US swelters as 30 die in heatwave
Americans are dipping into the water, going to the cinema and taking tube trains just to have air conditioning relief from unrelenting heat that has killed at least 30 people across half the country.
The heat sent temperatures soaring over 100 degrees Fahrenheit (38 degrees Celsius) in several cities, including a record 105F (40.5C) in Washington, St Louis (106F, 41C), and Indianapolis (104F, 40C), buckled highways and derailed a Washington-area train even as another round of summer storms threatened.
The heat sent temperatures soaring in more than 20 states to 105F (40.5C) in Louisville, Kentucky, 101F (38.5C) in Philadelphia, and 95F (35C) in New York; besides Washington, a record of 104F (40C) was set in Sioux Falls, South Dakota,
At least 30 deaths were blamed on the heat, including nine in Maryland and 10 in Chicago, mostly among the elderly.
Three elderly people found dead in their houses in Ohio had heart disease, but died amid high temperatures in homes lacking electricity because of recent power cuts, officials said. Heat was also cited as a factor in three deaths in Wisconsin, two in Tennessee and three in Pennsylvania.
Officials said the heat caused main roads to buckle in Illinois and Wisconsin. In Maryland, investigators said heat probably caused rails to bend and led a green line train to partially derail in Prince George's County, Maryland, on Friday afternoon. No one was injured, and 55 passengers were safely evacuated.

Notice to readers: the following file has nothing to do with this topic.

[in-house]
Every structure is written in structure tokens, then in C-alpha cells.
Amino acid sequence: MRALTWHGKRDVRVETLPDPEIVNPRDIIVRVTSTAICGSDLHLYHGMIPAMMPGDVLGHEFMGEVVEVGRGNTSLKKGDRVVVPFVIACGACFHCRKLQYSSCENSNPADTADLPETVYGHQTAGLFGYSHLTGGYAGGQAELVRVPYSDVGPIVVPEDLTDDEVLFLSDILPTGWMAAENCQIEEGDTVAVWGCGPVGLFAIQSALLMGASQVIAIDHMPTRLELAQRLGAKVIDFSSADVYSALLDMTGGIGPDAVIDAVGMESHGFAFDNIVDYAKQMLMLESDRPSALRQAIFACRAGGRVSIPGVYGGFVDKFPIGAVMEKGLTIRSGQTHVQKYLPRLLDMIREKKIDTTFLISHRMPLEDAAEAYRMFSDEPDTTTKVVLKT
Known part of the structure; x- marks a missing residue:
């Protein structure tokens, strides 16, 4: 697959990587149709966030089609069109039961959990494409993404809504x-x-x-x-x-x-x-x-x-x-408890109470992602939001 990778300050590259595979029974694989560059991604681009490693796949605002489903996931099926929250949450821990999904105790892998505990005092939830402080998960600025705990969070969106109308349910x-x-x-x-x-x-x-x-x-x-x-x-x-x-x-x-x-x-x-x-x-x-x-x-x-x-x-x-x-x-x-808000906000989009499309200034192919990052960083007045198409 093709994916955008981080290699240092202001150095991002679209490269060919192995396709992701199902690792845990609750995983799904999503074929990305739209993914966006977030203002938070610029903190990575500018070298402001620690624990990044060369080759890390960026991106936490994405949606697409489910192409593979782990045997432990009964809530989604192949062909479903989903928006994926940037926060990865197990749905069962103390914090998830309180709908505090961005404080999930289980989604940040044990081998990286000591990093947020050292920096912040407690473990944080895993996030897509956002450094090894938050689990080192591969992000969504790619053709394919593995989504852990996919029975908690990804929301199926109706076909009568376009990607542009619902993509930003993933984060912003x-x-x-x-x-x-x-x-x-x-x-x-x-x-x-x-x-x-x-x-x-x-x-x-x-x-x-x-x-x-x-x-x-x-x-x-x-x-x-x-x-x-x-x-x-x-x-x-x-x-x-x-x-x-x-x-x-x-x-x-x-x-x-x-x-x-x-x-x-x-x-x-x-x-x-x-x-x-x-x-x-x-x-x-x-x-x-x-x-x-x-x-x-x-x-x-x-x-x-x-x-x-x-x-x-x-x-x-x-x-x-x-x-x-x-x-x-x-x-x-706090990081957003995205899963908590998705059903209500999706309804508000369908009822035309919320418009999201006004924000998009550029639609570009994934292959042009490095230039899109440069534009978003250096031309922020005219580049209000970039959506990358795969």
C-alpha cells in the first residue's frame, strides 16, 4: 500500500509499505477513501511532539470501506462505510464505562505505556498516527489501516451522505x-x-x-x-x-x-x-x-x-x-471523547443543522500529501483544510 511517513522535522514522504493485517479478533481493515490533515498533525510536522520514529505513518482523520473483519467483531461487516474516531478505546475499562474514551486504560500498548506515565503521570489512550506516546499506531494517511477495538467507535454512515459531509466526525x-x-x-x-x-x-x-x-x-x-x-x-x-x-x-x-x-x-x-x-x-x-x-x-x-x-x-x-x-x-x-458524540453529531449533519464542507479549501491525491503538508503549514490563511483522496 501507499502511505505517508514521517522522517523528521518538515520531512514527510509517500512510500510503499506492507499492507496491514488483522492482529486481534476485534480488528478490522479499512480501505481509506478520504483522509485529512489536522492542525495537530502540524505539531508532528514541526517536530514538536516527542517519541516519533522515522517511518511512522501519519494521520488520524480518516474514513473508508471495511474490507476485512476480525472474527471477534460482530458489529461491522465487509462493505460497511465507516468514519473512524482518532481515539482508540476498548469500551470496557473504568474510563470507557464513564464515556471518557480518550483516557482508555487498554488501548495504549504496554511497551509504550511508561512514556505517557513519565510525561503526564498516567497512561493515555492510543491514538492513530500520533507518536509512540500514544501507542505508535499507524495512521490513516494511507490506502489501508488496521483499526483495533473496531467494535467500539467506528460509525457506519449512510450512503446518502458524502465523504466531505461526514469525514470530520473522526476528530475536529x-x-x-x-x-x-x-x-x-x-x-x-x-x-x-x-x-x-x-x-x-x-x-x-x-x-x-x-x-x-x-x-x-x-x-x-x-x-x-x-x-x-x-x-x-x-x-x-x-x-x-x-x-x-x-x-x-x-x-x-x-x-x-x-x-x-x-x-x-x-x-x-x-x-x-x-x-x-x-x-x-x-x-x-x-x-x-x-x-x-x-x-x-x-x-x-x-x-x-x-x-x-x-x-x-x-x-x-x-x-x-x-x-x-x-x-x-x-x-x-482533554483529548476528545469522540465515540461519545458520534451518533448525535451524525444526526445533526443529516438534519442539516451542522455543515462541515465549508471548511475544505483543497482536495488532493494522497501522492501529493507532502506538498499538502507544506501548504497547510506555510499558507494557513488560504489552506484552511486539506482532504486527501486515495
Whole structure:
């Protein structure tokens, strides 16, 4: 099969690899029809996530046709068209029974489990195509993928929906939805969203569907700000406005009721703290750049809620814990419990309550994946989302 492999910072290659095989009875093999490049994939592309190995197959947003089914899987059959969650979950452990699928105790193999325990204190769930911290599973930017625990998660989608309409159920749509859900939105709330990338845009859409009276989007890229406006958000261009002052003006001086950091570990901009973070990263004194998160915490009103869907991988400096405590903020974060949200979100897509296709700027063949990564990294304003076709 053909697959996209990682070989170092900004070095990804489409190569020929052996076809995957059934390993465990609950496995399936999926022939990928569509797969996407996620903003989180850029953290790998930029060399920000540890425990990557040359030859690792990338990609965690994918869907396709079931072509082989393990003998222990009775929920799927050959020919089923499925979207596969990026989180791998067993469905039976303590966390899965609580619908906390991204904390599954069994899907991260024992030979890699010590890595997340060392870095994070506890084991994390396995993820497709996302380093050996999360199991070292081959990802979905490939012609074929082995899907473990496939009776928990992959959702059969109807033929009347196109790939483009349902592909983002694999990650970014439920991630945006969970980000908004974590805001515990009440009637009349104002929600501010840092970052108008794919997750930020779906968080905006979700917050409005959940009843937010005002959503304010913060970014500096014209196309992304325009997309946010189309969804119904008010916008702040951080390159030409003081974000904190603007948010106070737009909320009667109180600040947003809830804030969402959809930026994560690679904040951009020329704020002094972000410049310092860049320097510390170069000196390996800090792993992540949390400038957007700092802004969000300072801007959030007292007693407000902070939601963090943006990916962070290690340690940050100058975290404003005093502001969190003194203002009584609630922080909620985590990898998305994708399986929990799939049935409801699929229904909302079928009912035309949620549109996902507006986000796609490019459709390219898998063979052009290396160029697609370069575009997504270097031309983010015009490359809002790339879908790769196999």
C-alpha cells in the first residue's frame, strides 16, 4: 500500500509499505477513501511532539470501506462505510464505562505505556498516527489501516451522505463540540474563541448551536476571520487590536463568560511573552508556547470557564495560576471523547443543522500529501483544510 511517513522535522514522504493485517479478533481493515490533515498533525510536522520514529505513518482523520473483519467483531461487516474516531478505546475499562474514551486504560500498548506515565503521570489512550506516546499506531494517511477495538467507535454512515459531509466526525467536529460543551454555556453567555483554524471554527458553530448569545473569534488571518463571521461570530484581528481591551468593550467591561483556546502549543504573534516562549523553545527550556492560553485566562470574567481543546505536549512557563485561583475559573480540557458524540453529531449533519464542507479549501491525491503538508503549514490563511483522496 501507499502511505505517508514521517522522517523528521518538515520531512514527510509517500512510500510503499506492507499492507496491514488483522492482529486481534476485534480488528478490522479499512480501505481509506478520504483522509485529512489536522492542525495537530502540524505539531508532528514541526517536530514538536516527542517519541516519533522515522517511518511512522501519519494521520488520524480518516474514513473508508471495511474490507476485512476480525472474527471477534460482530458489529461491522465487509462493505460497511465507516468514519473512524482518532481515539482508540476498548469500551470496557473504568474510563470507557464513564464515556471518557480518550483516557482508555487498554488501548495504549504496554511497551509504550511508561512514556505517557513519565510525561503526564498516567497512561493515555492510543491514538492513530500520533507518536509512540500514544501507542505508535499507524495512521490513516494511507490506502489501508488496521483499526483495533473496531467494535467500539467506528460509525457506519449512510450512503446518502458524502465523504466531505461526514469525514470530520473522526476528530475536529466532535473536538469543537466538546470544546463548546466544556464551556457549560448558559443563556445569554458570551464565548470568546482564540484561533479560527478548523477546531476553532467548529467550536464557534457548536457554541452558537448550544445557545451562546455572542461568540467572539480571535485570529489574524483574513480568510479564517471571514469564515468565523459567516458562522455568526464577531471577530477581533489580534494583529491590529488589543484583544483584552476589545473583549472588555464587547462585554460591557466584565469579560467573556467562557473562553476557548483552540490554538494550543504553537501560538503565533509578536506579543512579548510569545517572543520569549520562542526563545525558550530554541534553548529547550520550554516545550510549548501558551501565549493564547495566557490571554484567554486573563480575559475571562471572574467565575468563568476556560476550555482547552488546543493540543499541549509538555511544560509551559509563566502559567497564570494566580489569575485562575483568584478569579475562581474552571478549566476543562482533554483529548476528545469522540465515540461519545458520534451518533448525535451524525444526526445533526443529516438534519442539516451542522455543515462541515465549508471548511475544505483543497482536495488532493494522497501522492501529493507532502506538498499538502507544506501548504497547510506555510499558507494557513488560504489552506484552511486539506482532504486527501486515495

Thousands of mid-Atlantic residents are without power more than a week after summer storms and extreme heat struck the area, including 120,000 in West Virginia and some 37,000 in the Washington DC suburbs. In the Washington area, utility company Pepco asked customers to conserve power, saying the heat was putting stress on the system.
"This is becoming a black swan of heatwaves, in the sense that it's such a long heatwave, such a severe heatwave and encompassing such a large area," said Chris Vaccaro, spokesman for the National Oceanic and Atmospheric Administration.
In Manhattan, customers who stepped in to see Jiro Dreams Of Sushi at an IFC cinema were there for more than entertainment. "Of course we came to cool off!" said John Villanova, a writer who was on his second sweaty T-shirt of the day - expecting to change again by evening.
He said that earlier, he went on a Manhattan tube train back and forth for a half an hour, with no destination in mind, "because it really keeps you cool".